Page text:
In a country where gun ownership is more associated with NRA zealots than food sourcing, Griffiths wants to open up people’s minds to living off the land once again.
In a country where gun ownership is more associated with NRA zealots than food sourcing, Griffiths wants to open up people’s minds to living off the land once again. In his introduction, he eloquently writes, “Hunting and fishing for your dinner gives you a distinct sense of ownership and connection to your own food sources — as well as the responsibilities that come with that, like stewardship, conservation, and a deep respect for life and death.”
Already, inquiring minds want to know: Is this the first of many cookbooks to come for Griffiths? Apparently, he and Horton are already brainstorming. “But I’m still a little dazed from this one,” he admits. “Maybe just vegetables next time. They’re easier to catch.”
Now that he’s back from the field, Griffiths has a lot on his plate this fall, including a demo and book-signing at the Texas Book Festival on October 27; a free game sausage-making class at Callahan’s in November; Dai Due hunting school and a wild game and fish supper club; a demo and book-singing at the Sustainable Food Center Farmers' Market Downtown on November 3; a cooking class at Central Market on November 18; and a book-signing and party at BookPeople on December 14.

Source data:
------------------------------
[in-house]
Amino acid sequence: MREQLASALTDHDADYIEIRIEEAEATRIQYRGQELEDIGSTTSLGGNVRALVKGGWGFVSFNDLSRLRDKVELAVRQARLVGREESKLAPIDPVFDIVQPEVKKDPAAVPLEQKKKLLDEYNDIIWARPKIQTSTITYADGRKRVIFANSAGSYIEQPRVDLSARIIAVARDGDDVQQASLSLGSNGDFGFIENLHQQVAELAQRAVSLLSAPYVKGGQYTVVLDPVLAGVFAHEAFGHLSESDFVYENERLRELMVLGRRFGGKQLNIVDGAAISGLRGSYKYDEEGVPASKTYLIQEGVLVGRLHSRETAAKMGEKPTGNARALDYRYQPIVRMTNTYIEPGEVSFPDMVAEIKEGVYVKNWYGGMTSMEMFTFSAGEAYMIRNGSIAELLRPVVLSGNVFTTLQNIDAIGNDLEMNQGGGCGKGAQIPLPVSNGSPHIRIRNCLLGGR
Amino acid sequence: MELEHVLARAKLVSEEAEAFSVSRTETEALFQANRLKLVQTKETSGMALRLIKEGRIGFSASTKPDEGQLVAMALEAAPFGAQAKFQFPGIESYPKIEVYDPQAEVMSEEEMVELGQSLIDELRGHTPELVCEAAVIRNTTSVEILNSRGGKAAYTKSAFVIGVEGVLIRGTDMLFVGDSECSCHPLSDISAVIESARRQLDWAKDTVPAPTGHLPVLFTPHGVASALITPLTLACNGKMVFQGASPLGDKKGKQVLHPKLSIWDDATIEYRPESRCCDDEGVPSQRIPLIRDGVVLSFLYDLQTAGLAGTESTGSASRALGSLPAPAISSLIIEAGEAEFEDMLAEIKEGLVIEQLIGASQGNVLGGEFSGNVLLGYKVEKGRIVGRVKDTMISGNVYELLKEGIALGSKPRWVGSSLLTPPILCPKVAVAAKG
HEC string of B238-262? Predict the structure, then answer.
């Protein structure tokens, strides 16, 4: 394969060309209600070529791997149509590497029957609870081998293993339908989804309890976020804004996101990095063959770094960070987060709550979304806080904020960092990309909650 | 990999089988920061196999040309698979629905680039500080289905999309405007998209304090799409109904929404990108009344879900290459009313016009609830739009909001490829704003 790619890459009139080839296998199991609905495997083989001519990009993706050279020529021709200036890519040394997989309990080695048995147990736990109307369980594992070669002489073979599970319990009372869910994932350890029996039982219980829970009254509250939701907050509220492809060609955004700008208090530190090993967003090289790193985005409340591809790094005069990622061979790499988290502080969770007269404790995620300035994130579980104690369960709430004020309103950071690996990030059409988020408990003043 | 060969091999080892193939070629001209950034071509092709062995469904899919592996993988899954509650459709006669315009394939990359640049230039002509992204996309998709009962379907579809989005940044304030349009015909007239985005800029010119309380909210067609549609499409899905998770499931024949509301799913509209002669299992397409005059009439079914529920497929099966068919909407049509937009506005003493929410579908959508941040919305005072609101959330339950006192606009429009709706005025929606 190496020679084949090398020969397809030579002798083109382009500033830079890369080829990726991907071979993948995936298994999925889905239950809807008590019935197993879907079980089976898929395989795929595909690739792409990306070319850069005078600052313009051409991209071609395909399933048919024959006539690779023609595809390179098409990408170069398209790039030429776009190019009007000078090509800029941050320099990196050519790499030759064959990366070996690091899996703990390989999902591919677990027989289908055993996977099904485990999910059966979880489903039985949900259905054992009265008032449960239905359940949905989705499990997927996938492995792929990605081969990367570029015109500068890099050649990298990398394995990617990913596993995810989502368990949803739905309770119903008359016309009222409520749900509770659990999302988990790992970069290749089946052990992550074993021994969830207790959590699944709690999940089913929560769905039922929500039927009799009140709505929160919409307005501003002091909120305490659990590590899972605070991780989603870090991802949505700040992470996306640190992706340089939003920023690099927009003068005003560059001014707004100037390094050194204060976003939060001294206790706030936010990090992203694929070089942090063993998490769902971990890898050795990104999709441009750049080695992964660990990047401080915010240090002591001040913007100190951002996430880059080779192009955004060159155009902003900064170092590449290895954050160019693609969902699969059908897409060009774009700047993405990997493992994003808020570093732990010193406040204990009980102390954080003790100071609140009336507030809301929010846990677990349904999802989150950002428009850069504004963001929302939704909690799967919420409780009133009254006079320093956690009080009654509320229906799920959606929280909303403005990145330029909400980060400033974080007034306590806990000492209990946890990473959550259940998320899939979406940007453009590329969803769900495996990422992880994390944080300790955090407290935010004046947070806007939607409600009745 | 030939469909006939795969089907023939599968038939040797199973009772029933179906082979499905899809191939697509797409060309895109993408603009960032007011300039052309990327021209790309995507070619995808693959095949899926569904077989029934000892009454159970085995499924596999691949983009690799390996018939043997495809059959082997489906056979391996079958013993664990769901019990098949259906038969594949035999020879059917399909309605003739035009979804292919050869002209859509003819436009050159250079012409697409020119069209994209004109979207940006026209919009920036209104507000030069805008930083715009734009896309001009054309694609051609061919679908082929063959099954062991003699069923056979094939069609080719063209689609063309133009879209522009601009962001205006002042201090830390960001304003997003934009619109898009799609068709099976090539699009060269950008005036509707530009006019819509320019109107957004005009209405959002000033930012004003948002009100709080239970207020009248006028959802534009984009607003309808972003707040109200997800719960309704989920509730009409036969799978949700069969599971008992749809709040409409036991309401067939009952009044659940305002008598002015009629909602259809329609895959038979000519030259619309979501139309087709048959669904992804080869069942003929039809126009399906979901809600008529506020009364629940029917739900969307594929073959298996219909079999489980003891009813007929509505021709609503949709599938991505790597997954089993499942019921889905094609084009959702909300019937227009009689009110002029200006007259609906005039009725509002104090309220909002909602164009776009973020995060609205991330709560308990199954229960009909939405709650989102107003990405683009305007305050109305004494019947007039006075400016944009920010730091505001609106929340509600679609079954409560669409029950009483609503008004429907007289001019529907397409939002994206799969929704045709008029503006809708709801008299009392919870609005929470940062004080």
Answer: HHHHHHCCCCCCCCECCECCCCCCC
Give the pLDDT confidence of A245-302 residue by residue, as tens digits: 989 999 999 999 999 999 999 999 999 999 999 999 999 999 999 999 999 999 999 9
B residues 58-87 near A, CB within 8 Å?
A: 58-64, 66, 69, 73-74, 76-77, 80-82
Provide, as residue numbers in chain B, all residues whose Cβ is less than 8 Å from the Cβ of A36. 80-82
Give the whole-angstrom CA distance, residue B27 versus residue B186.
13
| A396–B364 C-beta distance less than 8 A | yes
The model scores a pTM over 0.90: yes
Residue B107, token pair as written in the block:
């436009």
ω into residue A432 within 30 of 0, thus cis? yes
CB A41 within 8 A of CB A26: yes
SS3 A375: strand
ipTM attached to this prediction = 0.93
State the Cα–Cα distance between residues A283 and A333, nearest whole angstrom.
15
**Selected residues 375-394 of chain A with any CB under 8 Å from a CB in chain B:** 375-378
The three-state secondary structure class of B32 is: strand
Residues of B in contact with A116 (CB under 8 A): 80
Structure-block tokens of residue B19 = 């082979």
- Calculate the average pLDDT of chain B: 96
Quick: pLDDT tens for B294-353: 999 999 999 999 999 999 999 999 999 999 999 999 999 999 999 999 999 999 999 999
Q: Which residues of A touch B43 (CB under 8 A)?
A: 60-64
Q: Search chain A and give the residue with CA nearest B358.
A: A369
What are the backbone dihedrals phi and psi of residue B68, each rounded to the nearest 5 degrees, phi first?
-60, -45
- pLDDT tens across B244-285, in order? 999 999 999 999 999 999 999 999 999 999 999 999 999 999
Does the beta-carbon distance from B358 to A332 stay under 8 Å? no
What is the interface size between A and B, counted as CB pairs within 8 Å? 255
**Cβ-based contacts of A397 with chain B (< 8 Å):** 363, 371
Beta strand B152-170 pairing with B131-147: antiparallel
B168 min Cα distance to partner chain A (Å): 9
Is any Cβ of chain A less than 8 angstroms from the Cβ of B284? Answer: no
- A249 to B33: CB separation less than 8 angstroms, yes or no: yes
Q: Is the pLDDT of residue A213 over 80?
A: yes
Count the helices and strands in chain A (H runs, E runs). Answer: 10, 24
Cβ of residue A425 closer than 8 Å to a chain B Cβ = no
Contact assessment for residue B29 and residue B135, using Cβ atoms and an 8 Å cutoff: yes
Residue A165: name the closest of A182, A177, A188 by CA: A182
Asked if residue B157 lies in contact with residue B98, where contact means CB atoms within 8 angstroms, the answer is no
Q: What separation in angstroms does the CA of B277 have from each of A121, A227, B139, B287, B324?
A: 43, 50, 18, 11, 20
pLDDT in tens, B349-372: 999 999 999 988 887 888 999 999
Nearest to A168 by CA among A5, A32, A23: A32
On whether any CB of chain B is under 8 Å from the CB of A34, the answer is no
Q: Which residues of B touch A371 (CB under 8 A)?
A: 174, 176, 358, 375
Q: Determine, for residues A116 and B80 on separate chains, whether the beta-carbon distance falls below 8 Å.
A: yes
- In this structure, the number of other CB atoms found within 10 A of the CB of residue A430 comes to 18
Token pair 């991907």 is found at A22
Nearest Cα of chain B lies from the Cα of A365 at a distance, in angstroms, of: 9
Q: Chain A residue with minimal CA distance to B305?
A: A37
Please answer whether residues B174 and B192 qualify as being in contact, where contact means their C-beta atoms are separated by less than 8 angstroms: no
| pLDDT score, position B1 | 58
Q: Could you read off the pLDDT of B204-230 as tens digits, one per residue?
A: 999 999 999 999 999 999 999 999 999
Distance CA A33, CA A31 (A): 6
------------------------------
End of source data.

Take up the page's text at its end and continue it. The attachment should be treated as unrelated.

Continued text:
If you simply can’t wait for any of his cooking classes, Texas Parks and Wildlife just put out a series of YouTube videos starring Griffiths, where you can learn to prepare feral hog tacos, wild duck yakitori, grilled venison, and redfish fried three ways.
Adding in ground bacon and egg yolk keeps these burgers moist and adds lots of richness and flavor. Condiments for burgers are very rel¬ative to who’s eating them, but a good, earthy cheese and mustard are prime additions for venison. Here, we recommend Emmentaler and coarse-ground mustard, along with some spicy arugula for texture. More bacon on top is not a bad idea.
1 1/2 pounds ground venison
6 ounces bacon or pancetta, ground
Kosher salt and freshly ground black pepper
4 egg yolks
Dash (or more) Worcestershire sauce
1 tablespoon olive oil
4 slices Emmentaler cheese
4 good-quality hamburger buns, toasted
Coarse ground mustard
Mayonnaise (page 54)
Sliced dill pickles
A handful of arugula
1. Build a really hot fire in a grill or preheat a large cast-iron pan over high heat.
2. In a bowl, combine the venison, bacon, salt, pepper, egg yolks, and Worcestershire sauce, mixing well. Divide the meat into 4 balls and form 4 large, 1. ½ inch-thick patties.
3. Brush the grill or pan with a little oil and grill or sear the patties until very well browned on one side, about 5 minutes. Flip the burgers and add the cheese to the top. Cook about 3 minutes more for medium rare to medium. Serve on buns with mustard, mayonnaise, pickles, and arugula.